The friendly mob
Goulburn Workers Field & Game members are good travellers and frequent visitors to branch shoots across Victoria, and the engagement has paid off as part of a strategy to build membership and participation.
In 1833 a 12-block street plan was laid out for the establishment of Australia’s first inland city.
The Goulburn Gaol followed in 1845 and still operates today. Goulburn’s grand architecture was helped by the strong (and competitive) presence of the Roman Catholic and Anglican churches and the riches from thriving wheat and wool industries, which is why the city boasts the Big Merino.
Visitors can walk the city and discover its history through well-preserved buildings including the Paragon Café, an old-style diner operating since the 1940s.
An easy 25-minute drive from Goulburn, near the end of Middle Arm Rd is the Goulburn Workers’ shoot ground. It’s set in a valley, which protects it from the wind (freezing in the middle of winter) and offers undulating terrain to set challenging and interesting targets.
The weekend we visit is the annual Fox Shoot, an open handicap event that is one of the biggest on the Goulburn Workers’ calendar.
President Tom Shinfield and ground setter Warren Thorpe can’t recall how the fix shoot started, but the trophy (re-cast after the original was dropped by an early winner) is highly sought after. “It is one of our most popular shoots because everyone has a chance to win the trophy,” Tom, who set the targets, said.
“It is probably a fairly stiff course but once you run the handicaps it usually comes down to one or two targets.”
Warren had a great day individually, taking out the High Gun (88 OTG) but the
Fox Trophy went to handicap winner Steve Mcclelland 96 (60 OTG).
Goulburn Workers has 138 members and is continuing to grow. “The branch in the past four years has gone ahead in leaps and bounds, with fresh new committee members and new members; everyone has been chipping in, and we are very proud of where we are right now,” Tom said. “We average 70 to 80 competitors at our regular shoots (first Sunday of each month) and our ambition is to get enough traps to run two grounds, so the people that travel, and we get a quite a few, can get out quicker and head off earlier. “Over the last two years we have signed up two new members per shoot and we keep growing.”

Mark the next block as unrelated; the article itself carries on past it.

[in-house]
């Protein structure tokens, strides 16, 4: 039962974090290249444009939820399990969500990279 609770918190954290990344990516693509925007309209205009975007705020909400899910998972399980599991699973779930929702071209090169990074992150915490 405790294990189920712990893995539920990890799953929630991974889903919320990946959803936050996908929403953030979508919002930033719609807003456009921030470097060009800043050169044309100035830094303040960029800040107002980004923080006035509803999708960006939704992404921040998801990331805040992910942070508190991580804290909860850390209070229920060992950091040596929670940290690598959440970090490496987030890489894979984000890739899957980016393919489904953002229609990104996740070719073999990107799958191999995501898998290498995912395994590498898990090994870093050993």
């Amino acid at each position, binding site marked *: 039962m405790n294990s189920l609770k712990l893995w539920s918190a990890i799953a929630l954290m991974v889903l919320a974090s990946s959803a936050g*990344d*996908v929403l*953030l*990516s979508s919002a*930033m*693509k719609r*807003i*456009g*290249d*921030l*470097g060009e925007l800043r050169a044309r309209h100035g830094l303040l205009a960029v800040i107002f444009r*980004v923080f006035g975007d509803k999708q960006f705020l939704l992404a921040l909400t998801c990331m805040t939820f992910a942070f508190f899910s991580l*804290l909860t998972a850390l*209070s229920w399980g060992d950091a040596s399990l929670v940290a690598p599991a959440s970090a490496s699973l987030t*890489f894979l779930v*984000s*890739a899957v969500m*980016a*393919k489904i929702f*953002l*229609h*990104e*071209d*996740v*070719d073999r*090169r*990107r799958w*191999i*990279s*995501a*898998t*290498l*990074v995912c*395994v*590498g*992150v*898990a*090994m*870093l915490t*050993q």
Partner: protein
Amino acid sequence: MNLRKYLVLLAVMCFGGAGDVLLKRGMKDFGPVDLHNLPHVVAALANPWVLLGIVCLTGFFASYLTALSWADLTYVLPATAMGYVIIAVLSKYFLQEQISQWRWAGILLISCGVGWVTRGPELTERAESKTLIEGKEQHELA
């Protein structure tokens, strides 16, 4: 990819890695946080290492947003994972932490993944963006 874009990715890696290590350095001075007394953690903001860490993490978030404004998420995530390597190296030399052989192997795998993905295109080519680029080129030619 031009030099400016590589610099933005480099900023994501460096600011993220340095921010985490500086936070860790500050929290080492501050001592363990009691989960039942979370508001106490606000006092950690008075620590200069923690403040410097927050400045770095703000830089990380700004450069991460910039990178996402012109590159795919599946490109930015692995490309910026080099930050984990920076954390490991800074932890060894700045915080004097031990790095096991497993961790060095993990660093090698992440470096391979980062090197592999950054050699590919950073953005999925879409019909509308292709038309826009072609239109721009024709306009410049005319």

Visitors are catered for with on-site camping, great food from the canteen and a friendly environment. “We get a lot of people who go to the effort to travel to our shoots. Around Christmas time we get a lot of competitors travelling through, even from the Northern Territory, but we publicise our events well,” Warren said.
“We offer camping facilities overnight for anyone wanting to come down; we have power and shower facilities, so people can stay and freshen up and don’t have to travel after a long day shooting.”
In between monthly events, the Goulburn Workers are renowned for travelling, and apart from the National Carnival, their familiar blue and yellow shooting vests could be spotted at Bairnsdale, Wycheproof and the three-day Golden Rivers Classic.
As one member noted, if you don’t
go to other branches nobody knows you exist and when you do travel, it always results in new visitors to Goulburn. Tom said nominations and publicity officer Angie Thorpe had played a big part in the growth of the club and its monthly competitions. “The way Angie has promoted the branch has been really important,” he said. The ground for the Fox Trophy shoot is a straight out and back course, using the lower gully on the way out and the sloping hillside on the way back. While the day started below zero and with a thin coat of ice covering everything, the sky above is bright blue for the first squads and with little wind to speak of, quite pleasant for mid-winter. “We are lucky to have the ground we have, we have 400 acres we can actually shoot on and with the gullys, hills and scrubby knobs there’s a variety of targets,” Warren said. “We are protected in the valley, but if it is going to be blowing up the valley we can set lower targets and still have a good shoot. In the summer when it is hot, we set the course through the trees where there is more shade.”
Joining the competition are Field & Game Australia (FGA) CEO Richard Light and development manager Daryl Snowdon, who also attended a post shoot committee meeting and ran through the new computerised scoring system.
For the record, Richard and Daryl finished tied. “It was great to have the FGA crew here, it is good for them to learn a bit about our branch and the way we operate, and because Richard and Daryl see so many other branches it is good to get feedback and ideas from them that we can take on board,” Tom said.
Warren Thorpe and Tom Shinfield with the fox trophy